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First John: 1 John 5:6-Jesus Christ Came by Water and Blood Lesson # 192

First John   •  Sermon  •  Submitted   •  Presented   •  1:04:34
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First John: 1 John 5:6-Jesus Christ Came by Water and Blood

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1 John 5:6 Jesus Christ is the one who came by water and blood—not by the water only, but by the water and the blood. And the Spirit is the one who testifies, because the Spirit is the truth. (NET)
1 John 5:6 This person is the one who appeared publicly by means of water as well as blood-Jesus Christ. Absolutely not by means of this water only but rather by means of this water as well as by means of this blood. Correspondingly, the Spirit is the one who testifies (about Jesus Christ) because the Spirit possesses eternally and inherently the characteristic, which is unique to Himself as deity, which is truth. (My translation)
1 John 5:6 marks a transition from 1 John 5:3-5 to 1 John 5:7-12.
The former teaches that the child of God’s faith that Jesus of Nazareth is the Father’s one and only Son appropriates the conquering power of Jesus Christ’s crucifixion, death, burial, resurrection and session, which conquer Satan’s world system and organization.
The latter teaches that the Spirit who indwells the child of God testifies that Jesus of Nazareth is the Son of God and as a result of possesses a relationship with the Father and the Son and also possesses eternal life.
1 John 5:6 begins with a declarative statement which asserts that Jesus Christ is the person who appeared publicly by means of water as well as blood.
Then, the apostle John employs a correlative clause which serves to reaffirm in emphatic terms the previous declarative statement and states that Jesus Christ absolutely did not appear publicly by means of this water only but rather by means of this water as well as by means of this blood.
The assertion that Jesus Christ appeared publicly by means of water and blood is caused a lot of consternation among interpreters of this verse.
Most of the problem revolves around the reference to water.
The same prepositional phrase “by water” appears three times in the gospel of John and in each instance, it is used in relation to John the Baptist (John 1:26, 31, 33) baptizing Jesus.
When Jesus was baptized, the Father spoke from heaven and said, “This is My beloved Son, in whom I am well pleased” (Matt. 3:13–17).
Simultaneously, John 3:32-44 records John bearing witness that the Spirit descended like a dove and rested on Jesus, which was the Father’s manner of identifying for John the Baptist that Jesus was His Son.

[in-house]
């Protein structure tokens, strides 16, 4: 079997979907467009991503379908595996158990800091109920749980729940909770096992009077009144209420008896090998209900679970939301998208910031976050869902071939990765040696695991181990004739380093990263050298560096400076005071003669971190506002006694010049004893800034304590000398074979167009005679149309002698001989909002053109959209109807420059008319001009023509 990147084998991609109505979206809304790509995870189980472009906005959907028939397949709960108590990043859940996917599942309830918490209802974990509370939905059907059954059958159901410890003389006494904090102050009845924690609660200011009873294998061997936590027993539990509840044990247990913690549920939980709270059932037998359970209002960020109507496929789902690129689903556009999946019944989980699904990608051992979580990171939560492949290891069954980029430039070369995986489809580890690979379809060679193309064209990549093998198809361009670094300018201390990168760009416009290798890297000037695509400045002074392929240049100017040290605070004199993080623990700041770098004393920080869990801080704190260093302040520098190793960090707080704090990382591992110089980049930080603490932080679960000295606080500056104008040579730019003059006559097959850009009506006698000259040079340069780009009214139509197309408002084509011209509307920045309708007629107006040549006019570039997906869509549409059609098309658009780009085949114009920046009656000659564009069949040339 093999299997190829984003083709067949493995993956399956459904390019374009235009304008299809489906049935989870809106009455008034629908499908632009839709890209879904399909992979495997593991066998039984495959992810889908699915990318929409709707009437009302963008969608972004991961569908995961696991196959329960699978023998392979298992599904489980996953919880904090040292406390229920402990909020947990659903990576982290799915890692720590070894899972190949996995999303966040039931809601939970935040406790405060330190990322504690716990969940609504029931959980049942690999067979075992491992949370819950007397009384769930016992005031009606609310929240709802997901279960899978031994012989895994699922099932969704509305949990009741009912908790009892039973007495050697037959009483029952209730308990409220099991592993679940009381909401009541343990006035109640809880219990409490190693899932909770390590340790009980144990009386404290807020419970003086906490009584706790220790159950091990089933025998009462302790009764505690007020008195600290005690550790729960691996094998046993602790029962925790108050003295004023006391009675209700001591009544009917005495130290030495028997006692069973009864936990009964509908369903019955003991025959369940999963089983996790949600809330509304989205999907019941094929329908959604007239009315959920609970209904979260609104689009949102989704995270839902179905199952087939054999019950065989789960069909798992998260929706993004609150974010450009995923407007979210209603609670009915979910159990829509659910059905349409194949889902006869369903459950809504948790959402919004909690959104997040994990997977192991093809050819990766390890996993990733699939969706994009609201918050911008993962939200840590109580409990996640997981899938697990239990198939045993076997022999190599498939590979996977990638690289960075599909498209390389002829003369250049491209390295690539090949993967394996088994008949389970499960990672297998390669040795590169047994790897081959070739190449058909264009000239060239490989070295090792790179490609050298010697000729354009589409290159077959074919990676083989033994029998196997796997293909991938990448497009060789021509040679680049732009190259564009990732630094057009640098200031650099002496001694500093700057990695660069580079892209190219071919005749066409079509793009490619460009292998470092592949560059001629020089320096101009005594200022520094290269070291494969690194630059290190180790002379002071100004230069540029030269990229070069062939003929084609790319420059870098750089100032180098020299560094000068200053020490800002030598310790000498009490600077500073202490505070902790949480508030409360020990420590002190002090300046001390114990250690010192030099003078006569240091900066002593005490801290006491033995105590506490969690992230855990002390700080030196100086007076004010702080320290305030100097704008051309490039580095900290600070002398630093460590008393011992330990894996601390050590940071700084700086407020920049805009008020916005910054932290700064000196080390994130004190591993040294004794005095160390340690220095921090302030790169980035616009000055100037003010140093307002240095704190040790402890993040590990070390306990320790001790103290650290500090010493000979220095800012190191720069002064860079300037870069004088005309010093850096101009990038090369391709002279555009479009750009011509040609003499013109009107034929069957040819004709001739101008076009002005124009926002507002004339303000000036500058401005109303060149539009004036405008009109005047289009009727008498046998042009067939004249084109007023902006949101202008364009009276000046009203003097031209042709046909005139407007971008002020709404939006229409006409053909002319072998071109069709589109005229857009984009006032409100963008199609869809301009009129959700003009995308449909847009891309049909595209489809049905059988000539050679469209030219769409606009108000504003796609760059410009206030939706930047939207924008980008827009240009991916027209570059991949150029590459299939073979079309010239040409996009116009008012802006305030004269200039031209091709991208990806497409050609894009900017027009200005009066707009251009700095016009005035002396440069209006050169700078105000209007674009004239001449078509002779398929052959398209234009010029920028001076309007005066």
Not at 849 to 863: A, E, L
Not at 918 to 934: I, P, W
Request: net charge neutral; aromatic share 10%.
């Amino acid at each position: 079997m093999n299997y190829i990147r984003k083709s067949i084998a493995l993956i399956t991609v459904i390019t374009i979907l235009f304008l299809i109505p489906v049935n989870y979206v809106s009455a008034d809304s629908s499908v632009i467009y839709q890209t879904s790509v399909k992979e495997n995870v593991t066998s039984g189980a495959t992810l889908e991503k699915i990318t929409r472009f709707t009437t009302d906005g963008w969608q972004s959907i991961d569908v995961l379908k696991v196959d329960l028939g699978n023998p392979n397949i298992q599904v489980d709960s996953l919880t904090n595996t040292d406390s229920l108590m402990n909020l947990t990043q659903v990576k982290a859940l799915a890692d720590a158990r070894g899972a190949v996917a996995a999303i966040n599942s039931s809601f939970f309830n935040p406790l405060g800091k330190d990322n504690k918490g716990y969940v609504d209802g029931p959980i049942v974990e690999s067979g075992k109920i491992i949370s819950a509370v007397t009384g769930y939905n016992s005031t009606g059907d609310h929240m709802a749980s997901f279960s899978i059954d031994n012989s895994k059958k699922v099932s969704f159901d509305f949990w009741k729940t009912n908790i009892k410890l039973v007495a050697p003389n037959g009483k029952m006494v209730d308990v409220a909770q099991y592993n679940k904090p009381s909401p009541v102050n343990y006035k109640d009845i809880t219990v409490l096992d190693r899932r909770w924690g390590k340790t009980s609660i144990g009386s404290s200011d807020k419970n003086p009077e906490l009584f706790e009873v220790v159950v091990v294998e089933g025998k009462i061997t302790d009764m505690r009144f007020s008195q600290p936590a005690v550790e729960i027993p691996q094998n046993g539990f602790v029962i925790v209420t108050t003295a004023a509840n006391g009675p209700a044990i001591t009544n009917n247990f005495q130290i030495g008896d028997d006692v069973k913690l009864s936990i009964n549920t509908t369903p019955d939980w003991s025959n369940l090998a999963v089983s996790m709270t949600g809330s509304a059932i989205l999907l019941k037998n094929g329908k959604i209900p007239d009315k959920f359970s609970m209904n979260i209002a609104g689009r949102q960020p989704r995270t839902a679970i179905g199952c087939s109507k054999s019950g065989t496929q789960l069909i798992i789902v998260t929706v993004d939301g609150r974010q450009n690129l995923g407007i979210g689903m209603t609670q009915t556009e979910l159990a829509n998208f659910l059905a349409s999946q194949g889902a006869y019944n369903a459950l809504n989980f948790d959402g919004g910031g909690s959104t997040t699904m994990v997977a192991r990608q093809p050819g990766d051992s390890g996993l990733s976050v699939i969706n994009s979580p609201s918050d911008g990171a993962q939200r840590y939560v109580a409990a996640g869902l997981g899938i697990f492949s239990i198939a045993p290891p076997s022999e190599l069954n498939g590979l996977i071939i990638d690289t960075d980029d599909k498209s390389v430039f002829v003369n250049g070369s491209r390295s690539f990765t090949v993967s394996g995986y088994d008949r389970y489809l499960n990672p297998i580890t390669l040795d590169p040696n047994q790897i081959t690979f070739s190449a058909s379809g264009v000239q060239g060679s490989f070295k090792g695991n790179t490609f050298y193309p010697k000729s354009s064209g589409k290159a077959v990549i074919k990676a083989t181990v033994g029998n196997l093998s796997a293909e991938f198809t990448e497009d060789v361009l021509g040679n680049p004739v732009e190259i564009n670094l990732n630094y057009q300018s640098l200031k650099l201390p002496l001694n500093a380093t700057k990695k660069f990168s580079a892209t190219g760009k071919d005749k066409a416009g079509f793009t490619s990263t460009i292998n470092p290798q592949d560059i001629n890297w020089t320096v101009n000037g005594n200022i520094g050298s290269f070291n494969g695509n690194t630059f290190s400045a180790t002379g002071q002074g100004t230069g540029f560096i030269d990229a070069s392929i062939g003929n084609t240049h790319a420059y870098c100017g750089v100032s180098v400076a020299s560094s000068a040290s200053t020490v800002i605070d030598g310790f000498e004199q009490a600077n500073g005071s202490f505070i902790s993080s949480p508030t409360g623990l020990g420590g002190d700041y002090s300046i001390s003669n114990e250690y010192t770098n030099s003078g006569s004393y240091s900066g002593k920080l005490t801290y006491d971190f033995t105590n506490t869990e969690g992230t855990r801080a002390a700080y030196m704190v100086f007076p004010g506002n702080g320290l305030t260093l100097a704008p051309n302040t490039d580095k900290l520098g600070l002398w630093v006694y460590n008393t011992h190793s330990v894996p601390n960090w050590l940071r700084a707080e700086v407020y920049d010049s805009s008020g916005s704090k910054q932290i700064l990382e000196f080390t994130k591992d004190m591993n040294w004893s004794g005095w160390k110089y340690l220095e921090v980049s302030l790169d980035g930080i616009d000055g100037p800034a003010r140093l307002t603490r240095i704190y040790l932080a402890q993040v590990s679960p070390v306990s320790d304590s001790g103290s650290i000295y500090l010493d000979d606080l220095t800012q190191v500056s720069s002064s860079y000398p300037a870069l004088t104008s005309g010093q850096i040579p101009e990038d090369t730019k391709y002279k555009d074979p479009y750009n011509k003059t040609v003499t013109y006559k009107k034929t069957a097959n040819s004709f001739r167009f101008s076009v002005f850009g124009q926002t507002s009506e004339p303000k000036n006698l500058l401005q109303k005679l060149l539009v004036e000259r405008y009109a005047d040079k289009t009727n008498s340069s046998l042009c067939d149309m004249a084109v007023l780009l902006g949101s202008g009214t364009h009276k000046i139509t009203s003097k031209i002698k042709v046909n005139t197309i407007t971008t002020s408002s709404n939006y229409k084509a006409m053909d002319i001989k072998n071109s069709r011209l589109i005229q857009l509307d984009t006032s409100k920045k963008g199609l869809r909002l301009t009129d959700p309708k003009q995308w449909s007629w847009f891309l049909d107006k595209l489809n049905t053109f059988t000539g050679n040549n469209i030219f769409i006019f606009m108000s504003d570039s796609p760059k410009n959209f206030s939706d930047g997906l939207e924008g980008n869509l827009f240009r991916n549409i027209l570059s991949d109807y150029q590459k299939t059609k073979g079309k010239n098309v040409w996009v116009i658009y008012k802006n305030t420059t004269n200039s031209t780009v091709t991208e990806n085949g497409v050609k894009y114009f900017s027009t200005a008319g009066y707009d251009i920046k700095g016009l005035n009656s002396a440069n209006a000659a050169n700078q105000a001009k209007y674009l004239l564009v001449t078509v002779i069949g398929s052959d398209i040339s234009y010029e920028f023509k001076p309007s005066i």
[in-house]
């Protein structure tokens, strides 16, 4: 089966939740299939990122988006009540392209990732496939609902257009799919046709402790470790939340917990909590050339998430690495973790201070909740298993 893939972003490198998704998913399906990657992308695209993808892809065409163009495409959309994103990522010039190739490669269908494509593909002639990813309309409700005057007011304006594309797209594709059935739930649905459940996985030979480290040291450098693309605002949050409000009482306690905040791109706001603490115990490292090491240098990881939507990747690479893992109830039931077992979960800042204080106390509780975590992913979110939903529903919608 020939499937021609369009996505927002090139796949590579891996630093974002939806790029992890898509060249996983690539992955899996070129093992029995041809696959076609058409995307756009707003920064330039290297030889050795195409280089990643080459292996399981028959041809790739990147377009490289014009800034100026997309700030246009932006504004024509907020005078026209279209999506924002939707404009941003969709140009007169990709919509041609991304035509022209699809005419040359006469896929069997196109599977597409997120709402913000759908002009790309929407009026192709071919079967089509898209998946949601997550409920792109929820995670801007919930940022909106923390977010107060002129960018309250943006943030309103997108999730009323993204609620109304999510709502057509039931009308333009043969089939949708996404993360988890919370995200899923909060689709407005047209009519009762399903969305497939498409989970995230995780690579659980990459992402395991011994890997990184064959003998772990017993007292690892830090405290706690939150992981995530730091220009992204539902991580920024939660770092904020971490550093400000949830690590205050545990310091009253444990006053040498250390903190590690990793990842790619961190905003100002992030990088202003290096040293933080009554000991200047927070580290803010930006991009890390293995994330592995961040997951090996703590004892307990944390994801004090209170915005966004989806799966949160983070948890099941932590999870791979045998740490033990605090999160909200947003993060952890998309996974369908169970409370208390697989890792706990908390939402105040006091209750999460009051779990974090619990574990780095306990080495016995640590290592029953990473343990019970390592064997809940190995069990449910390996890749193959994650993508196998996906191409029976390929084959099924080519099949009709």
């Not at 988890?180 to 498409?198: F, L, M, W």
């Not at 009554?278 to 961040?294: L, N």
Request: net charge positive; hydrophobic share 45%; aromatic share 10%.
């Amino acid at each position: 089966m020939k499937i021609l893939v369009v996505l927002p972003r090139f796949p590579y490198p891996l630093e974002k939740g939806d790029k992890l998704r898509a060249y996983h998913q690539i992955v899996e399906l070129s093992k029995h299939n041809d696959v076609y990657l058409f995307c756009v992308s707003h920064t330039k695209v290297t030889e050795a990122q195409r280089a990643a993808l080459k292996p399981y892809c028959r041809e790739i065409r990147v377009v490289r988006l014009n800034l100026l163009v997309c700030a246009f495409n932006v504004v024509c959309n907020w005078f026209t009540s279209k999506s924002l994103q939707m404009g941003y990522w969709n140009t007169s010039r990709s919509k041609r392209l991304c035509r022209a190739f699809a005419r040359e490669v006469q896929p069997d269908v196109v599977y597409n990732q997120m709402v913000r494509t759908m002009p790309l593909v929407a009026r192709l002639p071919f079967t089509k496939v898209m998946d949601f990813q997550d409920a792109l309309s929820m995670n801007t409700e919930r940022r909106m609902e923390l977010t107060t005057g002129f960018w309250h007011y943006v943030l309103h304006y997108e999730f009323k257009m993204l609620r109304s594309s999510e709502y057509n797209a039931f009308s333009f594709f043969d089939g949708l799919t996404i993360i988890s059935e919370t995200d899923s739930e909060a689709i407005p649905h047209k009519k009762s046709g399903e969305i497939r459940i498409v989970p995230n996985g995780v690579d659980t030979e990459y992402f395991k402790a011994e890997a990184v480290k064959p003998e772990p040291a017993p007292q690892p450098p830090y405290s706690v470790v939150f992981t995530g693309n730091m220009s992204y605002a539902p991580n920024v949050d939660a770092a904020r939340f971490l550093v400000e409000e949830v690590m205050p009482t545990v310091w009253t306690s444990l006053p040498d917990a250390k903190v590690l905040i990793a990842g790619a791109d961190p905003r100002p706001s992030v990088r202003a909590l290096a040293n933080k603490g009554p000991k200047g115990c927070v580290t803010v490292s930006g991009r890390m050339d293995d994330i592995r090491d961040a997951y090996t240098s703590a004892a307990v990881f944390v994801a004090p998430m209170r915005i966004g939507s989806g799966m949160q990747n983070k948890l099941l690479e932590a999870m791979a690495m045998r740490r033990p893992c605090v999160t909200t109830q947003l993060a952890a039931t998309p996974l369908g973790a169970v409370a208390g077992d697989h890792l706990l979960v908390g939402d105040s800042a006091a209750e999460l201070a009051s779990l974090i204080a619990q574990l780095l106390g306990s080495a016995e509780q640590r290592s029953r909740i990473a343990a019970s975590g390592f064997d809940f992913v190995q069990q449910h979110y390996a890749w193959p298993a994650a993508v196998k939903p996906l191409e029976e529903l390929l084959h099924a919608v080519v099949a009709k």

Therefore, I interpret the reference to “water” as referring to John the Baptist baptizing Jesus of Nazareth in the Jordan River, which marked the beginning of the latter’s public ministry, which lasted for approximately three and a half years.
Some argue that this reference to water is referring to Jesus baptizing people rather than being baptized by John the Baptist but the problem with this view is that John 4:2 asserts that Jesus never baptized anyone but only His disciples.
Furthermore, this view does fit with the context of 1 John 5:6-8 since these verses are asserting that the Spirit, water and blood testify that Jesus of Nazareth is the incarnate Son of God and Savior of the world.
Thus, these verses are emphasizing the importance with adhering to the apostolic teaching concerning the person of Jesus Christ.
His baptizing people, which He never did, does not contribute to identifying who He was but when John baptized Him, the Father and the Spirit both identified Him as being the Son of God and Savior of the world.
Furthermore, Jesus baptizing people by no means testified to the fact that He was God’s Son and the Savior.
Another interpretation of the water here in 1 John 5:6 is that it is a reference to natural birth with the water being an allusion to either male semen or amniotic fluid.
Some interpreters argue that the water and the blood must be taken together since ancient Jewish sources believed that the human body is composed of water and blood, thus, the water and the blood is synonymous with Jesus coming “in the flesh” and refers to the human nature of the Son of God.
The problem with this view is that in 1 John 5:7-8, John does not take the water and blood together since in these verses he is thinking of them as two different items.
Lastly, some interpret the water as alluding to water baptism but this view does not fit the context of 1 John 5:6-8 since again these verses are asserting that the Spirit, water and blood testify that Jesus of Nazareth is the incarnate Son of God and Savior of the world.
Thus, these verses are emphasizing the importance with adhering to the apostolic teaching concerning the person of Jesus Christ.